minorities could speak out! This is so misleading as to be a bare-faced fraud.
The case before the court involved advertising spending by
corporations to influence an election. In frank terms, corruption. Can corporations now take the profits
they make from us to pay for false advertising, if it will establish their
worth and standing -- especially if they are disadvantaged by uncompetitive
Our government is not allowed to spend our tax money on
influencing elections, either. It is a �disadvantaged person.� So should the
government now establish state-sponsored media to support its candidates?
Wouldn�t that be tyranny, just what the framers meant to guard against with the
Bill of Rights?
But wait -- since the corporations already own the
government -- we are already there. Corporatism is the party of oligarchy that
owns, runs and finances our semblance of a two-party democracy, the media,
education system, and just about everything. That�s the conclusion of a recent
book, Corporatism: The Secret Government of the New World Order, by Prof. Jeffrey Grupp.
Behind the scene, the legal issue was not free speech, but
whether corporations are persons with the same rights as individuals. In the
dissenting minority opinion, Justice Stevens wrote that the Framers of the
Constitution �had little trouble distinguishing corporations from human beings,
and when they constitutionalized the right of free speech in the First
Amendment, it was the free speech of individual Americans they had in mind.�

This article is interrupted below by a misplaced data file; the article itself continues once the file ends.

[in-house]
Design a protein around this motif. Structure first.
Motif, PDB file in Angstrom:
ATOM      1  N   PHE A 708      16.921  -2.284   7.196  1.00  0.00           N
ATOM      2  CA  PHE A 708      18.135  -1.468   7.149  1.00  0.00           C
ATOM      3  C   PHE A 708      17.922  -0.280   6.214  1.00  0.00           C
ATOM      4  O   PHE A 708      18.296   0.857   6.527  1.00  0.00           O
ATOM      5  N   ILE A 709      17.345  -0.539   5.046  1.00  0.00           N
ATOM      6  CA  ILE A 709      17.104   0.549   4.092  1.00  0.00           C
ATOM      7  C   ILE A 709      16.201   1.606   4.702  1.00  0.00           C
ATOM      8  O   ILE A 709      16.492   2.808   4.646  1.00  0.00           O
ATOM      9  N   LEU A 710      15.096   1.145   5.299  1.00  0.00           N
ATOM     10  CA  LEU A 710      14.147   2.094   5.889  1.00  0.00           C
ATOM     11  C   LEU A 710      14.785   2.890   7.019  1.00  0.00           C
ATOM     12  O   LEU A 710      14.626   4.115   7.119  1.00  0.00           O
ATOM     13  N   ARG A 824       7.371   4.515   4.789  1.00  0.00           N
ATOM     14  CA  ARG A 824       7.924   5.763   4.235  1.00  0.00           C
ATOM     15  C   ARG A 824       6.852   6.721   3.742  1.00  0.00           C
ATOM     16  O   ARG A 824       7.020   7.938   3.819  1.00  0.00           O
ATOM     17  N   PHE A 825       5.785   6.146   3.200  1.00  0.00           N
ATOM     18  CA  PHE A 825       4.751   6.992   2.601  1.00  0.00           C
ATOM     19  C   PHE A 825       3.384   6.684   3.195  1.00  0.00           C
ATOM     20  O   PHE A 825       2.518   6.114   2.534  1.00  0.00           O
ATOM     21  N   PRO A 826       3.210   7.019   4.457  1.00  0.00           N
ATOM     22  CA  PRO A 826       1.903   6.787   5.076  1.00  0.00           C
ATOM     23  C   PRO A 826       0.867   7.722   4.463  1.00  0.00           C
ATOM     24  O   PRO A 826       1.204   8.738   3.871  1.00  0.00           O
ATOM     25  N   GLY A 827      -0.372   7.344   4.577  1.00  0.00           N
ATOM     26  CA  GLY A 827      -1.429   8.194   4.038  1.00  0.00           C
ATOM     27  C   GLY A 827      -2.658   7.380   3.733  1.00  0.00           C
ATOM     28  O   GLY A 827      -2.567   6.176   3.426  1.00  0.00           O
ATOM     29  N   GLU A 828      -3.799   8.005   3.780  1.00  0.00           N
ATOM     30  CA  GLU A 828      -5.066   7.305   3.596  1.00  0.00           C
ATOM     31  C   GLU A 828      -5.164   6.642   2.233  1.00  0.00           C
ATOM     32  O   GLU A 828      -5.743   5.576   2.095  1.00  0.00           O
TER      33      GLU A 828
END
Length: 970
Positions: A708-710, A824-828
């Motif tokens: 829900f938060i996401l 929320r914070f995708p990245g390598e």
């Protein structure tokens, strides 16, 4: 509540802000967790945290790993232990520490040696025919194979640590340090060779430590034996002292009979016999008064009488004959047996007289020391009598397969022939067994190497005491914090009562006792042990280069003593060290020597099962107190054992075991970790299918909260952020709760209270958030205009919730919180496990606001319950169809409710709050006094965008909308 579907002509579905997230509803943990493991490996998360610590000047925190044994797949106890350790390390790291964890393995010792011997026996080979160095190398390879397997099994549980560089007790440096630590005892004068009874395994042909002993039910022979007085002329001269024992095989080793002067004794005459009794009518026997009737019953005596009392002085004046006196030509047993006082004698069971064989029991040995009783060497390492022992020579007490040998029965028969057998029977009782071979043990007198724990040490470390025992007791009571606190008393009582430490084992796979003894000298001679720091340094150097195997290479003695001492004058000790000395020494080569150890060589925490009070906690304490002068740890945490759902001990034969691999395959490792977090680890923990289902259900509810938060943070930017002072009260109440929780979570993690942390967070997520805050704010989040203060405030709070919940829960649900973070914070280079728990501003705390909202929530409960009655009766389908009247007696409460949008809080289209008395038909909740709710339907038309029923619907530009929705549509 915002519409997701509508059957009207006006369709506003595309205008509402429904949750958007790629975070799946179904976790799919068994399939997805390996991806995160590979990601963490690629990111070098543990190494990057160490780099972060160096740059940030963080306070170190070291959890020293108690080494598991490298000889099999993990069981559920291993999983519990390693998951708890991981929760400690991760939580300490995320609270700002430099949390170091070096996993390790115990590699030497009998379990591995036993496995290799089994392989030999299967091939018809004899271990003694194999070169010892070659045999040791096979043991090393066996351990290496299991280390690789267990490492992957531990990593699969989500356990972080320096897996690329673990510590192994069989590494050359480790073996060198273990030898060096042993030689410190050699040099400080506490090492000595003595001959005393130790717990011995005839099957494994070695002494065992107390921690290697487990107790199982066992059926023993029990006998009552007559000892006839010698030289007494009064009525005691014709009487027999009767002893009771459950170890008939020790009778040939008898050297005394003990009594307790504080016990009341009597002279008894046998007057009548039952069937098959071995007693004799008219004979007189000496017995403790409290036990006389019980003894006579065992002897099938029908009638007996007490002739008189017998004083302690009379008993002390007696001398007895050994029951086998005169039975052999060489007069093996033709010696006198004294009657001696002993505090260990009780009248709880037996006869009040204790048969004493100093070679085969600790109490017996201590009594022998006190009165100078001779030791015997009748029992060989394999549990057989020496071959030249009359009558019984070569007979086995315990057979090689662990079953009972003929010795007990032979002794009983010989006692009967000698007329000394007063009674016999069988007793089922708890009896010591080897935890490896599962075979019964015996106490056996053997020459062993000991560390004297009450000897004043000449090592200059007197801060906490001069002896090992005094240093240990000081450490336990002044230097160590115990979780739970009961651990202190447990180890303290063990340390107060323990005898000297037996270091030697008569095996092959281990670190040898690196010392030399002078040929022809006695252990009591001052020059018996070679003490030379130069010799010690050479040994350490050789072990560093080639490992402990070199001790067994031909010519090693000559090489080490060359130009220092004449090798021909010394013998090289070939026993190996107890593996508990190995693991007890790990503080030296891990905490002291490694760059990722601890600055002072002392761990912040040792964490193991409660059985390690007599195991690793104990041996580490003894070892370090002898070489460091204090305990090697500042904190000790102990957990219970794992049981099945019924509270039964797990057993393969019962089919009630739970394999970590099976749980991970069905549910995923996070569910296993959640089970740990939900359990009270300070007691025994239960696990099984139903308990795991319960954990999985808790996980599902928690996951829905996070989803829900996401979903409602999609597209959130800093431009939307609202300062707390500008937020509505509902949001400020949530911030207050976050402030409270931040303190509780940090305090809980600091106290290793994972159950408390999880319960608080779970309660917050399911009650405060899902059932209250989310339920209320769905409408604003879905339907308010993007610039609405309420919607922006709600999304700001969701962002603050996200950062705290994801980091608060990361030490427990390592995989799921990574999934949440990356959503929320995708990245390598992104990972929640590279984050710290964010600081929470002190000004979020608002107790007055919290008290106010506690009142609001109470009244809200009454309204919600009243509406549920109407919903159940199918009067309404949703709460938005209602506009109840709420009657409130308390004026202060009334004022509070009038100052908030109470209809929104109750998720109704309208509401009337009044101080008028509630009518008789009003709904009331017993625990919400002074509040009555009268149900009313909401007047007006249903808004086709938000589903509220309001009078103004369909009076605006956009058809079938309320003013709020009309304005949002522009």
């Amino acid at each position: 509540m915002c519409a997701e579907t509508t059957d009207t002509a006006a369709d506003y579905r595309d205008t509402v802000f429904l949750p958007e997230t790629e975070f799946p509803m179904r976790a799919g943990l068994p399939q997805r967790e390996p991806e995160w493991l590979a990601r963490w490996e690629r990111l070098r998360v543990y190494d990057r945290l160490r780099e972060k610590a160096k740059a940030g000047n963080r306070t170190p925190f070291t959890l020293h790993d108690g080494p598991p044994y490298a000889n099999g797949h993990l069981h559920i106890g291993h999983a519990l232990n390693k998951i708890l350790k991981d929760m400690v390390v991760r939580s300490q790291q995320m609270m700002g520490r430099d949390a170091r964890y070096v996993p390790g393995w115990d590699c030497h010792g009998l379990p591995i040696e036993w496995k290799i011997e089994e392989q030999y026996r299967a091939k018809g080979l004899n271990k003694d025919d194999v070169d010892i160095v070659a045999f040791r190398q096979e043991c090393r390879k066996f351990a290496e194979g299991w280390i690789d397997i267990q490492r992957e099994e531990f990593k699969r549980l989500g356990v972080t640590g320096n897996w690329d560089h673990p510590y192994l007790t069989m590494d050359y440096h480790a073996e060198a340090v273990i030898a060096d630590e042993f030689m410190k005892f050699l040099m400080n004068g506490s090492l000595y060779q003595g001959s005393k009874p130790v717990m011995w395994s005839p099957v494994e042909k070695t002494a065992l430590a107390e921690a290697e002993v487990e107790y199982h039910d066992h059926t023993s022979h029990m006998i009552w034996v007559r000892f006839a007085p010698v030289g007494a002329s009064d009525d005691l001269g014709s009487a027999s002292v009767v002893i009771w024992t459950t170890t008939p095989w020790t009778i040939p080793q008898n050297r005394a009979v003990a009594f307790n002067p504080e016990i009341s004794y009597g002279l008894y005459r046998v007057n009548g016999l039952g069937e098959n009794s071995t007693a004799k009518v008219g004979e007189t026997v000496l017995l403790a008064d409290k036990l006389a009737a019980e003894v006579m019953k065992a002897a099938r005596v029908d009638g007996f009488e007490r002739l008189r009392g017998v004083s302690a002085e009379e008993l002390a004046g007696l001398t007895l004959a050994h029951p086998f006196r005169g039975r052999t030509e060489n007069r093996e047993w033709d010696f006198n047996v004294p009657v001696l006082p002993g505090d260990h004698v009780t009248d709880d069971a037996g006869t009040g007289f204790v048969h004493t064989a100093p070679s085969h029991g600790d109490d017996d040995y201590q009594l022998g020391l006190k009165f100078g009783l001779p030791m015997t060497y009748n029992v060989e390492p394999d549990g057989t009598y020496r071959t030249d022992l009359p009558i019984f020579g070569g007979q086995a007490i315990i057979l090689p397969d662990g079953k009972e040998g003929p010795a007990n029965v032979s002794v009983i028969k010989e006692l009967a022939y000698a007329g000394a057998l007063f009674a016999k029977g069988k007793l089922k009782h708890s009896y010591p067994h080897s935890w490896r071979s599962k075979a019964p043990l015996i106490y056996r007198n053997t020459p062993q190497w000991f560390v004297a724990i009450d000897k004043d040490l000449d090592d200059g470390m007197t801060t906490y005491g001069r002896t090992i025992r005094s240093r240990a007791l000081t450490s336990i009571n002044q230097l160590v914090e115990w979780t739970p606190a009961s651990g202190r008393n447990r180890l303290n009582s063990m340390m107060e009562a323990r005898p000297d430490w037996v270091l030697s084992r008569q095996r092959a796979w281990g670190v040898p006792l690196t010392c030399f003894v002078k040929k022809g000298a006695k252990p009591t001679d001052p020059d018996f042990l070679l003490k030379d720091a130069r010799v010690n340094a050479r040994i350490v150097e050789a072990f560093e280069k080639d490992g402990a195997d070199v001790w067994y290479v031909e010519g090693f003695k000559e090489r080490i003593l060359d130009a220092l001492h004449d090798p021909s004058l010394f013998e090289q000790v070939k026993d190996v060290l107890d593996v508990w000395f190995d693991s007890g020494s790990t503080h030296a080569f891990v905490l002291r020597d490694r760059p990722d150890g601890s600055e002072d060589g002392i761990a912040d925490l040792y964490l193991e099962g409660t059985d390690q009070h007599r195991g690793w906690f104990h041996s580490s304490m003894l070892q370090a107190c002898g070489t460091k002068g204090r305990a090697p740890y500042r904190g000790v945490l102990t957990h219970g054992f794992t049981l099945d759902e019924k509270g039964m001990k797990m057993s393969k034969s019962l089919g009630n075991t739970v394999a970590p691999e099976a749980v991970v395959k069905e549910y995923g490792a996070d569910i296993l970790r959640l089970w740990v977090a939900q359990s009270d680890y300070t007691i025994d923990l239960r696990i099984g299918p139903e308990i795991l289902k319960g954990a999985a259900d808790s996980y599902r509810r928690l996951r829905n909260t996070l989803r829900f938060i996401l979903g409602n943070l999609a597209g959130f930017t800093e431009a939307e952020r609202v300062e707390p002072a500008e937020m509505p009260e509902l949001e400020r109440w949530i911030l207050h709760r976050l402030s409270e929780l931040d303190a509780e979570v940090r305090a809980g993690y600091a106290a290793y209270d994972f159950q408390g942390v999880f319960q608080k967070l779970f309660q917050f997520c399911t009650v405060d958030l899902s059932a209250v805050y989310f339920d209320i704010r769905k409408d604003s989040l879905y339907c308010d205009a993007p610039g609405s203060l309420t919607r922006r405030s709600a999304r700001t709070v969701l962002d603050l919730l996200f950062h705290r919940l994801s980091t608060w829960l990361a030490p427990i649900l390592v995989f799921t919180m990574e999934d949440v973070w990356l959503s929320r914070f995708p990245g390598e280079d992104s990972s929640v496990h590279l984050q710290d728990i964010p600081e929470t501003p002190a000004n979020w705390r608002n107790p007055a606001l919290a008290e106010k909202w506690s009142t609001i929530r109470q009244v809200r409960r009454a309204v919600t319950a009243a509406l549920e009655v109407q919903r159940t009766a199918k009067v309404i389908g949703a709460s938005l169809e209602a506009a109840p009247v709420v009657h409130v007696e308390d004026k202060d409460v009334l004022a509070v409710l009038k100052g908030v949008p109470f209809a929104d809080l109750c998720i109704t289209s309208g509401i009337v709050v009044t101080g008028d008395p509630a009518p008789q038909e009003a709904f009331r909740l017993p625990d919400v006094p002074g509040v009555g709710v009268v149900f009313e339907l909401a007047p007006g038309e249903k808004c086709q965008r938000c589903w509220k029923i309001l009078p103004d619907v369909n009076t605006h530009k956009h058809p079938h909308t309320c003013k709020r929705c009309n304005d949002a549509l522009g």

He is right. Glen Yeadon has shown in The Nazi Hydra in
America how severe were the restrictions on corporations in the early days
of the USA. Gradually SCOTUS gave them more powers, with railroads recognized
as persons by a reporter for the Robber Baron court in 1886 -- which opened the
way to twisting the Bill of Rights against itself. Yeadon advocates a stripping
of corporate powers and a return to personal liability by owners.
As Stevens concluded, �The Court�s opinion is thus a
rejection of the common sense of the American people, who have recognized a
need to prevent corporations from undermining self government since the
Our whole problem is the sway of the money power over our
polity. Campaign financing is really bribery, plain and simple. Politicians are
beholden not to their constituencies, but to their sponsors.
The court�s radical corporatist libertarianism can only be
met now with radical purism: Outlaw all campaign financing -- even by the candidates
themselves. With electronic media, there is less need than ever to spend bags
of money buying votes. Anyone with a reputation and some good ideas should be
able to get attention. Political candidates are newsworthy in themselves. Let
them triumph in the marketplace of ideas, not in the muck of selling favors to
the highest bidders. And may the best one win. For once.
John-Paul Leonard is the publisher of the �The Complete Patriot�s Guide to Oligarchical Collectivism� by
Ethan; �Corporatism: The Secret
Government of the New World Order� by Jeffrey Grupp and �The Nazi Hydra in America� by Glen